Tomás Doncker Band: Moanin’ At Midnight: The Howlin’ Wolf Project

by thethreepennyguignol

“A “hardcore” modern Blues record.”.

That’s how Tomas Doncker, soul legend, came up with the seeds of his newest album. Something about that statement is both ridiculous and kind of exciting, a way for Doncker to deservedly insert himself into a long and fascinating musical history. In fact, ridiculous and exciting pretty much sum up Tomas Doncker to a tee- his “global soul” mission, the fact his new album is a salute to his heroes the Howlin’ Wolves, and the fact that it’s already been picked up to be turned into a multimedia concert performance affair of some description. He might be out there, but what’s the album like?

The standout on the album, for me, at least, was the opener, Evil: that’s equally silky smooth and full of pleasingly spiky edges that stop the track vanishing into your memory as soon as it’s over. Evil takes it’s time building, bringing everything together in a wall-of-sound guitar solo that complements the rich organ and scrappy bass perfectly. This is music that’s been thought about, that’s been considered, and it shows.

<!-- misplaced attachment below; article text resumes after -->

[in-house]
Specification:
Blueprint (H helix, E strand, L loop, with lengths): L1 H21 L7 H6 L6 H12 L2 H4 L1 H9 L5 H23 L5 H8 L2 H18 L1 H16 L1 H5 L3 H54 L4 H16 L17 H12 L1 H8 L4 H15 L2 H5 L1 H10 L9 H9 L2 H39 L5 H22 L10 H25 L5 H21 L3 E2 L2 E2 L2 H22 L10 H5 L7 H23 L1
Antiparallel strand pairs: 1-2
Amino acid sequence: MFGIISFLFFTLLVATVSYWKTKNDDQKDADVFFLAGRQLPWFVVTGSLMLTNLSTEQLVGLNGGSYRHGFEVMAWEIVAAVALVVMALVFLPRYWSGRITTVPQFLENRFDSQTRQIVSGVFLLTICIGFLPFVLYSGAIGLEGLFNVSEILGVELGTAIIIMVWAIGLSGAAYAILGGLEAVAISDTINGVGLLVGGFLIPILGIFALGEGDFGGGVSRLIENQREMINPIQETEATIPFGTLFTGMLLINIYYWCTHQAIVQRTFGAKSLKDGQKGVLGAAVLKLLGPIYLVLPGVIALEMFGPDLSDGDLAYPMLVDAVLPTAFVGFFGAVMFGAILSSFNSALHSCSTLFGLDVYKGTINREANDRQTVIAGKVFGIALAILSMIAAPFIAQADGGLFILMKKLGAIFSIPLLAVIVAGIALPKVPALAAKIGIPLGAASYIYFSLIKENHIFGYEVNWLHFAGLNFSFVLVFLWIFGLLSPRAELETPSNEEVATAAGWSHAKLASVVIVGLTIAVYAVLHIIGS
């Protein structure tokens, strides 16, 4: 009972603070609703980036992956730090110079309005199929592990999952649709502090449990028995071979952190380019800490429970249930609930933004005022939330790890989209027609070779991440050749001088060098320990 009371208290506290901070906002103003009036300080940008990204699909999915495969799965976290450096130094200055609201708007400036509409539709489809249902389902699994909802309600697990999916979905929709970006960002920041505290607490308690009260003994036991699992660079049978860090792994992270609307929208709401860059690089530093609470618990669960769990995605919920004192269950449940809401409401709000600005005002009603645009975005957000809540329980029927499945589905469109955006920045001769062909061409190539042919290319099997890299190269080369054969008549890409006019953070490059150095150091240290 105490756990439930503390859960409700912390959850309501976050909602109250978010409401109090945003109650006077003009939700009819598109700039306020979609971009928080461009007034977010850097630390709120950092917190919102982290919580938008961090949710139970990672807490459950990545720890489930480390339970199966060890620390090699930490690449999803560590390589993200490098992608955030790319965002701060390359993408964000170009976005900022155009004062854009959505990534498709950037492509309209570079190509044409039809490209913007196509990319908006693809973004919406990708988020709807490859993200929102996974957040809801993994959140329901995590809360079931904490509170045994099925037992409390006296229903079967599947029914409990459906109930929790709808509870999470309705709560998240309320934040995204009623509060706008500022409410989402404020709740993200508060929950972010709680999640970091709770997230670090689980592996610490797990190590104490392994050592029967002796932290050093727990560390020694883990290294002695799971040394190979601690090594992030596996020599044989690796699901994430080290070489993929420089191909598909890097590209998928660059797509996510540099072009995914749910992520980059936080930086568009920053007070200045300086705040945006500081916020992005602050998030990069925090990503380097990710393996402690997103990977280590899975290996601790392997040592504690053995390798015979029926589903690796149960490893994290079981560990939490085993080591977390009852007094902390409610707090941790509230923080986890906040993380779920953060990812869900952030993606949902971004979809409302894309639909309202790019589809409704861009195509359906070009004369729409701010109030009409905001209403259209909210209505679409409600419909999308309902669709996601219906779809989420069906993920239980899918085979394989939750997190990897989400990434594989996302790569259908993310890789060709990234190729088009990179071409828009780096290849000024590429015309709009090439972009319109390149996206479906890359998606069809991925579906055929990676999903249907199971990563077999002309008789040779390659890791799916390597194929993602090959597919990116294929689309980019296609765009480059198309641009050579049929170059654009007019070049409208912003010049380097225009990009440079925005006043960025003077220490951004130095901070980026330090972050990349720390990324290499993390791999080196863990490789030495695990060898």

There’s a smoky-bar feel to Moanin’ at Midnight, a richly atmospheric number that is probably the best showcase for Docker’s crunchy-caramel vocals (trust me, that analogy makes no sense up until the point you hear him sing. Smooth, salty, with a bit of bite). The pace picks up a bit with I Ain’t Superstitious, a brisk, sparsely orchestrated number that lays the focus on the pop in the pace and the hypnotic call-and-response mix of vocals and saxaphone. There’s a lot of old-school blues on here, and that’s more than welcome, only because it’s done so damn well. It’s impossible not to find yourself swept up in the brazen attitude and years of history that have been drawn on to create this pretty magnificent mesh of old and new.

Ah, I hear you cry: But where precisely is the new? Well, it’s in the glitchy repetition and fishbowl vocals of Smokestack Lightning, in the deliberately muted, movie-tone sax at the start of Missed the Train, and it’s in the amazing dubmix of Moanin’ at Midnight. This is actually the album closer, and lays down the final punch with style. It’s not frantic, not hysterical, but rather just mashes together a gorgeous blend of subdued synth and finger-tapping rhythm.

Really, Moanin’ at Midnight is about the crisp, confident blend of both the past and present of the blues world by a man who knows both so well. This is music to smoke those fancy new e-cigs to, and I mean that in the best possible way.

 

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